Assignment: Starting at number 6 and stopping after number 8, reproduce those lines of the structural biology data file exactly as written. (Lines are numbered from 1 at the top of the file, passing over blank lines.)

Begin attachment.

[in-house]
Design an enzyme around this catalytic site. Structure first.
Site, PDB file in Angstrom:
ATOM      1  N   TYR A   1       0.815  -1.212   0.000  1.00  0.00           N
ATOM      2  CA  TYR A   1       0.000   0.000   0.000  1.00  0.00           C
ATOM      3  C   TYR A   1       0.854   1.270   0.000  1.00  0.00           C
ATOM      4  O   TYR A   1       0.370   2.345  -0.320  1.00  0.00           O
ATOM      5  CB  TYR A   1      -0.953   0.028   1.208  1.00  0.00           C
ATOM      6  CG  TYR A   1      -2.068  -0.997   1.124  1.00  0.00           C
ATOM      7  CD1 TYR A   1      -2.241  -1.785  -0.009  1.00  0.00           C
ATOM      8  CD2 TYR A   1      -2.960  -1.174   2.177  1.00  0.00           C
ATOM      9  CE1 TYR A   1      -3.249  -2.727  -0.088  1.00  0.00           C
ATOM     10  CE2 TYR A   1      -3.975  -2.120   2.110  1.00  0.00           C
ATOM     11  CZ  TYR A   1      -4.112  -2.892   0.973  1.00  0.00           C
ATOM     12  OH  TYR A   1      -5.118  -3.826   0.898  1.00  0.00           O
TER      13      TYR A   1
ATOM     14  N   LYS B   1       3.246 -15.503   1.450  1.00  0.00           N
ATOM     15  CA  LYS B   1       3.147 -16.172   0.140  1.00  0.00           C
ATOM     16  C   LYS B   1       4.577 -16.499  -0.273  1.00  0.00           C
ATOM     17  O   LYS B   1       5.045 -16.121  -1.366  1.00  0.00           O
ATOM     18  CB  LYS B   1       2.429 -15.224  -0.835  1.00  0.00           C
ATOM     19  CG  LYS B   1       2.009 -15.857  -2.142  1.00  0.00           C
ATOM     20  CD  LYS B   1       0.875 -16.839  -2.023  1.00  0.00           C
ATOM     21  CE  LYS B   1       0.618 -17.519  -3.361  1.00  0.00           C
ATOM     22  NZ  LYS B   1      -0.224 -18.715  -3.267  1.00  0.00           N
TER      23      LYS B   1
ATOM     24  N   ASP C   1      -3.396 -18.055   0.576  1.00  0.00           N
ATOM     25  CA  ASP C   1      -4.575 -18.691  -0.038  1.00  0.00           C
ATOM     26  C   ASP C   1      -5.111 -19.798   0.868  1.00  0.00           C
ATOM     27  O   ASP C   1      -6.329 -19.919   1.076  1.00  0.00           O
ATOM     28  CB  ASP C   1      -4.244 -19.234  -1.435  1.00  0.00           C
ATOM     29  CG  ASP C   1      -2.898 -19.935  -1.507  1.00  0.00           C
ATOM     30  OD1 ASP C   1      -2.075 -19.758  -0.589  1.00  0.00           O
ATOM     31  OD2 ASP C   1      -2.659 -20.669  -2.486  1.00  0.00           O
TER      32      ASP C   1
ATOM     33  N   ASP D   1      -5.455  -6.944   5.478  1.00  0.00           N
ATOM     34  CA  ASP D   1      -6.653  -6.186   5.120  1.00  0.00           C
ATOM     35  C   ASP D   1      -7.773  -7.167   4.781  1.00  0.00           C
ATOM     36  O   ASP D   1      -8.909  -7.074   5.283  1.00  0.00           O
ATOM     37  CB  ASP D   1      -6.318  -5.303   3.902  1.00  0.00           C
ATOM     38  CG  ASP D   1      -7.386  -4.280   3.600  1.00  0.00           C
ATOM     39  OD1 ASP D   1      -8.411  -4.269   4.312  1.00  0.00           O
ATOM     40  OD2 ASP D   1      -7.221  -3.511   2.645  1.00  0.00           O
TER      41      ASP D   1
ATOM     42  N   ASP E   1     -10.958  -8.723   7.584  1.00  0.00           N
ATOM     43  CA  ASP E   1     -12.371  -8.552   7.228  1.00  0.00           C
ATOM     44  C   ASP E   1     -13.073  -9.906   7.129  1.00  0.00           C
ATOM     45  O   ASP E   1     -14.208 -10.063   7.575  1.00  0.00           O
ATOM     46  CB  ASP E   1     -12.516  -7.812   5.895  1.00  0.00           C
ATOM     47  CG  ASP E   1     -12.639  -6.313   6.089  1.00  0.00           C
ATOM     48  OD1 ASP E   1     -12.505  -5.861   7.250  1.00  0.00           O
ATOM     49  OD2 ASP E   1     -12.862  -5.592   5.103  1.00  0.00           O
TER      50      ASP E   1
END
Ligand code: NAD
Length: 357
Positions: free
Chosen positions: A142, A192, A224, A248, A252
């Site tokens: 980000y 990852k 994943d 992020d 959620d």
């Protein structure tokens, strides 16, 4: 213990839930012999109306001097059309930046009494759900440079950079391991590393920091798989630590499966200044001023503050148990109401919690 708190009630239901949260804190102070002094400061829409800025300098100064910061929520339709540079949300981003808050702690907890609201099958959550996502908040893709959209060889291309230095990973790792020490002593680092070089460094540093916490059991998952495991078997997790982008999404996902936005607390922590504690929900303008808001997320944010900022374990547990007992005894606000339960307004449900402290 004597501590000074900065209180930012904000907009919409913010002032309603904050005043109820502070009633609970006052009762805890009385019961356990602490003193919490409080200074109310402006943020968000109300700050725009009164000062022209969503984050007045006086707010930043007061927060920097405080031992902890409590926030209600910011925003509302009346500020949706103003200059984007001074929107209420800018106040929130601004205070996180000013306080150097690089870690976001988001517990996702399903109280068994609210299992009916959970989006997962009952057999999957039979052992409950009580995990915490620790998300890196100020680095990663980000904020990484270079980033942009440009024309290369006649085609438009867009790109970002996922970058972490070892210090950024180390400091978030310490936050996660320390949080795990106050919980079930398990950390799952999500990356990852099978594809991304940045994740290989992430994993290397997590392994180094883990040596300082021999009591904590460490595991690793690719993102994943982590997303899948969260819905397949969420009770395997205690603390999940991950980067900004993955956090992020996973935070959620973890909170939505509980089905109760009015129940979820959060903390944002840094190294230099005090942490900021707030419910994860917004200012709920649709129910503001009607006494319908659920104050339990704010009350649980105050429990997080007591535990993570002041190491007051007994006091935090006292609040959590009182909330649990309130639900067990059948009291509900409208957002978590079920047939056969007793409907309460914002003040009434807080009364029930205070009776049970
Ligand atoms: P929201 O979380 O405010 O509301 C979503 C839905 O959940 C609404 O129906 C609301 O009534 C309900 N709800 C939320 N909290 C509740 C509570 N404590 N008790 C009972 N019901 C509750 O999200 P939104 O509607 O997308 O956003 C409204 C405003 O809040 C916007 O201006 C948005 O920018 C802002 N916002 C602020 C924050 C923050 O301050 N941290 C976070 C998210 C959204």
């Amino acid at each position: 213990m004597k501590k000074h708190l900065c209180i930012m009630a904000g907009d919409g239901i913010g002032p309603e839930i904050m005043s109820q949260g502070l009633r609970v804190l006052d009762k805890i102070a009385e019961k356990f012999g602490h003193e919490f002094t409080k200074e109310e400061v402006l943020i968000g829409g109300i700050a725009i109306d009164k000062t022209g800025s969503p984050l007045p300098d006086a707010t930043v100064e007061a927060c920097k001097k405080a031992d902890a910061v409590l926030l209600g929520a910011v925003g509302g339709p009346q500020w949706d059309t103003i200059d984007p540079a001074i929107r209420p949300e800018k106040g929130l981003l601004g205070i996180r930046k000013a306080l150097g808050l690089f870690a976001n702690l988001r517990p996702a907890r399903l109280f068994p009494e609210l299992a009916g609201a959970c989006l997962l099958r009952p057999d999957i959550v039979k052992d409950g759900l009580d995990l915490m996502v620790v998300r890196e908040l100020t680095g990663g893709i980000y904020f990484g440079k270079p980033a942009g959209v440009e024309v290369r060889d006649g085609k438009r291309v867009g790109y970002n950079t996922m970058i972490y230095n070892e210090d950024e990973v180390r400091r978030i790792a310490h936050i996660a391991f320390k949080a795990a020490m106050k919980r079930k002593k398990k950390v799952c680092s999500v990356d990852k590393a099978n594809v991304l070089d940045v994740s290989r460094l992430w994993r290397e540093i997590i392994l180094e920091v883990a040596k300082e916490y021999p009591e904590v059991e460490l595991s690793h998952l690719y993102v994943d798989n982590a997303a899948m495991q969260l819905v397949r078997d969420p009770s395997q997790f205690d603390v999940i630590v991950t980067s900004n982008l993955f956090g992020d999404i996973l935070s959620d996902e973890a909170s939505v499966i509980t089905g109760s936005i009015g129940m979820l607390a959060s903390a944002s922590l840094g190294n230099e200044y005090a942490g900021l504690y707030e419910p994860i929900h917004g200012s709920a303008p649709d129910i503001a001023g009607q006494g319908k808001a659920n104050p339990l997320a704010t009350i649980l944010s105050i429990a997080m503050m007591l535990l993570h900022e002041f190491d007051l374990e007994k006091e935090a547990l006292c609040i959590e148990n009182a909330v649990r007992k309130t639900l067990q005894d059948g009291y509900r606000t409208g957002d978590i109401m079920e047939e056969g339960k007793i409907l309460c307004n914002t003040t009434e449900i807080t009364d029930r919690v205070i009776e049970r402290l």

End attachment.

ATOM      3  C   TYR A   1       0.854   1.270   0.000  1.00  0.00           C
ATOM      4  O   TYR A   1       0.370   2.345  -0.320  1.00  0.00           O
ATOM      5  CB  TYR A   1      -0.953   0.028   1.208  1.00  0.00           C